ACSC Schriever Space Scholars expands to meet demand for space studies

  • Published
  • By Maj. Ken Scholz
  • Air Command and Staff College

Military members from all branches of service, including the new U.S. Space Force, and international officers from five countries are coming to Air University in Montgomery, Alabama, to study space.


Their studies are with the Schriever Space Scholars at Air University’s Air Command and Staff College.


Schriever Space Scholars began in 2018 as a study concentration and the nation’s first space-centric military developmental education opportunity. The Schriever Space Scholars is now housed in its own department, the Department of Spacepower.


“We started with one seminar of students,” said Dr. Andrea Harrington, Spacepower Department chair. “We’ll teach two seminars this year and four next. So, the department and the number of students we are educating is growing rapidly. That’s important because space, and our place in it, has never been more essential.”


What does such a space school look like? For one, it functions both as a specialized study program for competitively selected seminar members as well as a means of increasing and deepening space education for all mid-career military students attending Air Command and Staff College.


“In our seminars, we’re really focused on developing the world’s premier space strategists and leaders,” said Dr. Brent Ziarnick, Spacepower I course director. “This includes not only U.S. military officers but international partners and government civilians. At the same time, we’re fostering critical thinking about the space domain in each of the leaders who attends the larger ACSC class, regardless of their service or job. We’re doing that by growing the amount of space curriculum in core classes as well as opportunities for students.”


For students in the Schriever Space Scholars, those opportunities include participating in space war games, traveling to meet with leaders and experts throughout the U.S. military, interagency and civilian space enterprise and developing a personal research capstone project to present to U.S. Space Force leaders at the culmination of their studies.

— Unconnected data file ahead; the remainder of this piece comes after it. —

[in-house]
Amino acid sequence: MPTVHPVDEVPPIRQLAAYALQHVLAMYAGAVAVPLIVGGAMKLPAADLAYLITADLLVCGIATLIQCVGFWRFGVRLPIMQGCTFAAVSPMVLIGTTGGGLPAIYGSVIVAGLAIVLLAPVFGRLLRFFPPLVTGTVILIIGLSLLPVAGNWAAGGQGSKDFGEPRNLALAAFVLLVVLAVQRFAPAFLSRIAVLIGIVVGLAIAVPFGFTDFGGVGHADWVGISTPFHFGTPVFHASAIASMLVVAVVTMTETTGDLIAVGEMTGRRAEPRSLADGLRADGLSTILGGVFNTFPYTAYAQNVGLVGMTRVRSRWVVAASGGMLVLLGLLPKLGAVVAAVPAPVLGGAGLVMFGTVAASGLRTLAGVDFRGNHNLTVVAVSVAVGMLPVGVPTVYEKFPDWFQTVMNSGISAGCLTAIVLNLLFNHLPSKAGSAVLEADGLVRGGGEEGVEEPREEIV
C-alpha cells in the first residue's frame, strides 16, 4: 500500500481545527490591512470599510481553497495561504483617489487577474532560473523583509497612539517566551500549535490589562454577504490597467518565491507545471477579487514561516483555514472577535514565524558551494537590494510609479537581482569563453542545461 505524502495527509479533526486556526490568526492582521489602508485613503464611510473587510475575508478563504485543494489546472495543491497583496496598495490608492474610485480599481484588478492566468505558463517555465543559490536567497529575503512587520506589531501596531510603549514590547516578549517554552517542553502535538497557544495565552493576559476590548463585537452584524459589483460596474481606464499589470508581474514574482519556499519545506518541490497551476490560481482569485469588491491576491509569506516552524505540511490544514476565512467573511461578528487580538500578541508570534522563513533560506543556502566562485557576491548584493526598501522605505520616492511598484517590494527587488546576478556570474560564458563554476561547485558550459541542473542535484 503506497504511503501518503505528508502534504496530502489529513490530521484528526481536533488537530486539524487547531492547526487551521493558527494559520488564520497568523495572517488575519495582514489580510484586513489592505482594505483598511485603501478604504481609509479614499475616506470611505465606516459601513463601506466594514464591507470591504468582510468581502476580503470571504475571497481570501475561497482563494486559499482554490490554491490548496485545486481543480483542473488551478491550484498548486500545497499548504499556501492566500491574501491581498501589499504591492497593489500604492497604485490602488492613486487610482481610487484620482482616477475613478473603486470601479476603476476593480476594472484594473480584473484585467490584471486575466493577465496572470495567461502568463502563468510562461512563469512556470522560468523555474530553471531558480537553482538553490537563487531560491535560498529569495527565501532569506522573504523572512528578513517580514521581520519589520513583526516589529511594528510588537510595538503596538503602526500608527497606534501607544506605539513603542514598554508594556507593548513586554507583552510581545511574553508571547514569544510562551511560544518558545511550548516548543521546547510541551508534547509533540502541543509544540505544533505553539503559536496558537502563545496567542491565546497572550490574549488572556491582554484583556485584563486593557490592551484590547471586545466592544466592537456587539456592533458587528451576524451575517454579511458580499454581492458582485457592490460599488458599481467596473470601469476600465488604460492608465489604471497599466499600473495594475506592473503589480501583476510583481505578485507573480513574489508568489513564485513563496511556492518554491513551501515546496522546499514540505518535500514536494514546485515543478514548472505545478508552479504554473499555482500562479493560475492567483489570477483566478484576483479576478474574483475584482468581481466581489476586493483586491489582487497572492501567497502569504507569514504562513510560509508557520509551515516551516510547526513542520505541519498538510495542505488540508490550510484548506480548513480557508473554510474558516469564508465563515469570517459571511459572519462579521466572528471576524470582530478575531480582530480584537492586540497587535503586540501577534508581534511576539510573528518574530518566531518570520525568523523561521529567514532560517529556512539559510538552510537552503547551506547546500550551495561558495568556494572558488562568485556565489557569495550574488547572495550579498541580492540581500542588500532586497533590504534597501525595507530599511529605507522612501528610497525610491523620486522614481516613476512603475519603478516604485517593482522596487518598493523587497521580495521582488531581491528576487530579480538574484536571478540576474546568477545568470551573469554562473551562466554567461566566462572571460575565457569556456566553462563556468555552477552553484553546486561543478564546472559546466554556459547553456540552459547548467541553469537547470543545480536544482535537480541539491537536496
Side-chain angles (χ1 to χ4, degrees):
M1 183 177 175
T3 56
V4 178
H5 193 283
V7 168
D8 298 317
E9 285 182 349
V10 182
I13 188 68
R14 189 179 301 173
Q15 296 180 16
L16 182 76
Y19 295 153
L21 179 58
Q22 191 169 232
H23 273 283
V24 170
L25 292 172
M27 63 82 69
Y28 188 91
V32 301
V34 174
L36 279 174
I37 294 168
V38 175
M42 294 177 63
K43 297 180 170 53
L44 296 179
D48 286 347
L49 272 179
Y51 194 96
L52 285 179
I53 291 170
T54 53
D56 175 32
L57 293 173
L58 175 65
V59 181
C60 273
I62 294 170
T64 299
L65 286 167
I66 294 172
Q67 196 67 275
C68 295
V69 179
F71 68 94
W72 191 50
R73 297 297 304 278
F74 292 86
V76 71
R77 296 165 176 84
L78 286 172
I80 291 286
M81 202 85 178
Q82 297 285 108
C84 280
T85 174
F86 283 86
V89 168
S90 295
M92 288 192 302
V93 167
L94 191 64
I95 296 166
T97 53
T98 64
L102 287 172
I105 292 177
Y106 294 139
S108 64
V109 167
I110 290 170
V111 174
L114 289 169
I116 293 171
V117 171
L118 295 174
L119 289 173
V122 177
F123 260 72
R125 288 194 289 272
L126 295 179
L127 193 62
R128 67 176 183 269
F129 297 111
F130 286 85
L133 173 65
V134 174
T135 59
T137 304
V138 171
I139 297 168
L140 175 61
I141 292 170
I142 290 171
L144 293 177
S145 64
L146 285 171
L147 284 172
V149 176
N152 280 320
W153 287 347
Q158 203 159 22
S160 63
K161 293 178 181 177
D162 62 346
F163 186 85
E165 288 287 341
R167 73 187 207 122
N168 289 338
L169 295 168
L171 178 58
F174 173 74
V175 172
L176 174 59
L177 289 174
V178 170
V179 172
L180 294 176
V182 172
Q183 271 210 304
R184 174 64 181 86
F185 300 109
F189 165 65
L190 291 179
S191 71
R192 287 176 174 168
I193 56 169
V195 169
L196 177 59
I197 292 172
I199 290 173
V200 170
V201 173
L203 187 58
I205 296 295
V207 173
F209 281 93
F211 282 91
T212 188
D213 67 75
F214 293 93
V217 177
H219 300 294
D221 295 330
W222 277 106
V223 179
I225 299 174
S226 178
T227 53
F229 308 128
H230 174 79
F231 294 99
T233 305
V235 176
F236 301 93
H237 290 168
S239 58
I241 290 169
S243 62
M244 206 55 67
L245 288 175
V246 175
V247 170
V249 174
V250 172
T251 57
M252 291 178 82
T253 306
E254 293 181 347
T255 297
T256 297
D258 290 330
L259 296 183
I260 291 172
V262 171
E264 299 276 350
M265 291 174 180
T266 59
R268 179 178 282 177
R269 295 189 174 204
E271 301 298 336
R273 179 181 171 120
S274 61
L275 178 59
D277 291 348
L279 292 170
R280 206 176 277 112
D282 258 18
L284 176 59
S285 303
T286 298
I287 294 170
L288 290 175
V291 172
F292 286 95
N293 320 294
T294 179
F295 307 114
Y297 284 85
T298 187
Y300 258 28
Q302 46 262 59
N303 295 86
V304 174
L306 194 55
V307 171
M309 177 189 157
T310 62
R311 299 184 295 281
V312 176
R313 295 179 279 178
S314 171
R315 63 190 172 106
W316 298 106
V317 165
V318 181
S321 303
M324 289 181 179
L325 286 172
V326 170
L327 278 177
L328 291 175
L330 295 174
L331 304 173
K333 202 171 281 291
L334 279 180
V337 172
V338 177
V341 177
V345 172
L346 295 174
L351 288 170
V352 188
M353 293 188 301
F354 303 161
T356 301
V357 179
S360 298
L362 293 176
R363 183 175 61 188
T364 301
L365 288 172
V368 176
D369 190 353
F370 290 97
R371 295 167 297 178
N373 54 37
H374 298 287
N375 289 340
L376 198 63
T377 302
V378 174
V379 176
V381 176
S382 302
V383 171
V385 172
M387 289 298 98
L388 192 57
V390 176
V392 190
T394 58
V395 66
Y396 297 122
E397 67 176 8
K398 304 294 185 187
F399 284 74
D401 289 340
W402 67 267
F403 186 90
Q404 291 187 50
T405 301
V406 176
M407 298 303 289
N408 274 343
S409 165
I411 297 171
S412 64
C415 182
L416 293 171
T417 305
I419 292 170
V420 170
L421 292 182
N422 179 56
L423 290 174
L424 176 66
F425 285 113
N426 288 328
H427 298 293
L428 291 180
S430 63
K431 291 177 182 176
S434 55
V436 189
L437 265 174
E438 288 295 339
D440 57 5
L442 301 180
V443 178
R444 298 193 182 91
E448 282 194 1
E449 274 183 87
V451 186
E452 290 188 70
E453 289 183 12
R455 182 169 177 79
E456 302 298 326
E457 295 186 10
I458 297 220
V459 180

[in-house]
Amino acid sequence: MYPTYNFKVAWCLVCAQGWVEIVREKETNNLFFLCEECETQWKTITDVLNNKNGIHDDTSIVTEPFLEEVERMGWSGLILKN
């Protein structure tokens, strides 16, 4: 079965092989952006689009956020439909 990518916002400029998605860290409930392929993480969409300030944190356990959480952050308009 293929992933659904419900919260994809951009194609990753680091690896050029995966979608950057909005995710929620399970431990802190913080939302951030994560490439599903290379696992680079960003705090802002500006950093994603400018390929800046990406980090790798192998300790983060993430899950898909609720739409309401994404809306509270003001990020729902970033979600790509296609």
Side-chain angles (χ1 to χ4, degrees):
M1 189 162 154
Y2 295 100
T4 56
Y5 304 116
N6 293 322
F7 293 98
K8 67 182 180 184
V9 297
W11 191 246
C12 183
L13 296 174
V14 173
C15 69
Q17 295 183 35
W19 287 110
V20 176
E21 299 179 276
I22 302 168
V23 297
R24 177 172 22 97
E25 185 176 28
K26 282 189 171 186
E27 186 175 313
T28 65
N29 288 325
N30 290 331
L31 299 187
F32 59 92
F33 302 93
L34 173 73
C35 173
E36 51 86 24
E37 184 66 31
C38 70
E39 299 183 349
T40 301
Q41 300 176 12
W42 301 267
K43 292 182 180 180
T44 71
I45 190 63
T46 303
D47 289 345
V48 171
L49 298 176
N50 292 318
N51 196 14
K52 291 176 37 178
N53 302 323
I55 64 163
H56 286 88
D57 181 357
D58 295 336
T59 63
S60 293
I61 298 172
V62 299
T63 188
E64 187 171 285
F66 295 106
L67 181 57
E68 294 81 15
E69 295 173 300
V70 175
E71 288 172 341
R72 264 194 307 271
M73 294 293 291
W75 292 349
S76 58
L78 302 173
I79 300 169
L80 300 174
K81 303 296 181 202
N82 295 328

It makes sense then, that beyond growing tomorrow’s national space strategists, the department faculty actively advise U.S. leaders in the Department of Defense, Department of State, National Science and Technology Council and global organizations such as the United Nations on a variety of space policy and strategy issues.


“Our number one job is to teach,” said Dr. M.V. “Coyote” Smith, Spacepower II course director. “But because our faculty members have been in the space policy, legal or military worlds and studying this stuff for decades, we take every opportunity for outreach or to write about current space issues. Doing so keeps our scholarship, and our students, up to date about developments in the domain.”  


One recent graduate of the program, Army Maj. Benjamin M. Staats, said the program expanded his comprehension and thinking.


"When conducting space operations, you always have to consider the strategic implications," he said. "So deepening my understanding of space policies and strategies has vastly enhanced how I now approach thinking about the space domain. Learning from some of the best scholars in this field and engaging with space experts from across the country, I am now more prepared to help solve the complex and challenging space problems we're facing today and in the future." 


Originally sponsored by Air Force Space Command, the Schriever Space Scholars concentration now teaches space history, strategy, operations and policy to support the U.S. Space Force and joint force professionals.


“It’s an exciting time,” said Dr. Everett Dolman, Schriever Space Scholars research director. “We’re expanding this department for a new service branch in an already accomplished academic institution. We also realize how important and needed this education is. Those we teach now will be the ones leading America’s future in the final frontier.”


(Editor’s note: The author is the deputy, Schriever Space Scholars)